Nina’s relief is short-lived, however, when in a few days, a boy who escaped the raid, shows up at her back door. The boy, Daniel, is about Orly’s age, but he hasn’t lived the comfortable upper-middle-class life Orly has in Houston. To Daniel, even Nina seems rich. Nina feels enough compassion for Daniel to hide him in the pink house. In the meantime, Nina’s godson, Orly, who lives in Houston, is now temporarily staying with her while his widower father is on business in Los Angeles. As Cásares puts using Nina’s voice, “She had done a small favor for the woman, which led her to doing other favors that weren’t really favors, which led to another favor for a boy who knocked on her back door late one night, which was more like a favor but which she doubts her godson or his father or the officer sitting across from her would ever understand.” Nina tries to keep Mamá Meche, Orly and, Beto from discovering the boy in the pink house. She tells Orly that the aluminum foil over the pink house’s windows is to keep the house cool and save money when it is really there so no one can see inside.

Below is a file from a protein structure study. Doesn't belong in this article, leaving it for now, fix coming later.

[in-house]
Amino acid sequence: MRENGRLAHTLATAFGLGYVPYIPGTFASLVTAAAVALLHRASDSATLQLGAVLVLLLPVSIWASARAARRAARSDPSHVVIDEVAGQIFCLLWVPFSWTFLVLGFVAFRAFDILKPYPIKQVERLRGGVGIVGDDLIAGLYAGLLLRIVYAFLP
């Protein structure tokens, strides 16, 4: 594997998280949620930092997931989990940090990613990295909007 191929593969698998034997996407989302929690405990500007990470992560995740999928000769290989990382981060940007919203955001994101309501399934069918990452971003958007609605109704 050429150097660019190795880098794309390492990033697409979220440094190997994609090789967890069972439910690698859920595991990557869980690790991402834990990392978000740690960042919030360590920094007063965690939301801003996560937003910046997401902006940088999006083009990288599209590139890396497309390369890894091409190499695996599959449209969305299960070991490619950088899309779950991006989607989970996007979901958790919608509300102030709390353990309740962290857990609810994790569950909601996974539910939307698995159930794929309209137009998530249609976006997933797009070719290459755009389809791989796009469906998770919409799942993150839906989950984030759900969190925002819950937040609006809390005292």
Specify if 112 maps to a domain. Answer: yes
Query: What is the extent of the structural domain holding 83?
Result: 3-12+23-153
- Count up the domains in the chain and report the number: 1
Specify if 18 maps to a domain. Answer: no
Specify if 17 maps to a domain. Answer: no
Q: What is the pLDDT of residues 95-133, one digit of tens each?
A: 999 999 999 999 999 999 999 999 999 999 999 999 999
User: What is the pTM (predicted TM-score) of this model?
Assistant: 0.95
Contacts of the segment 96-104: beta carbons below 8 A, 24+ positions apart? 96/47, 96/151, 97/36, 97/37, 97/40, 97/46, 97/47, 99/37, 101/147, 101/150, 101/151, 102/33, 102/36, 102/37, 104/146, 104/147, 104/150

In Amigoland, the story of two elderly Mexican brothers, Cásares depicted some universal truths about old age, death, and longing. The more ambitious Where We Come From covers a larger canvas and likewise reveals some truths about family roots, despair, poverty, and a dream for a better life. In order to tell this immense story effectively, Cásares uses a traditional, omniscient third-person viewpoint to portray the lives of immigrants, with a backdrop of human trafficking, drug cartels, and violent crime. That narrative viewpoint succeeds, for the most part, as characters are revealed from within as well as from the outside, a feat at which an objective third-person narration would fail. The risk, of course, is sentimentality and politicizing, both of which Cásares avoids. The viewpoint, however, switches among so many major and minor characters that reading it is more challenging than, say, reading third-person limited. Nina’s is the most prominent narrative viewpoint, followed by Orly, Daniel, and Beto, each of whose thoughts are communicated with a free, indirect monologue that is akin to stream-of-consciousness. The narrator even gets inside the heads of minor characters who sometimes appear for less than an italicized page, for instance: Mr. Domínguez who is deported to Veracruz after police inadvertently discover his work visa expired; Odilia Hernández, an undocumented immigrant from Guatemala, dies after being abandoned for refusing to pay the coyotes more to take her to another checkpoint; and the cop ironically named Daniel whose Salvadoran mother was once an illegal. Characters like those are essential elements on Cásares’s canvas as they portray a broad spectrum of life near the border and far beyond it, but their backstories occasionally break the flow of the narrative.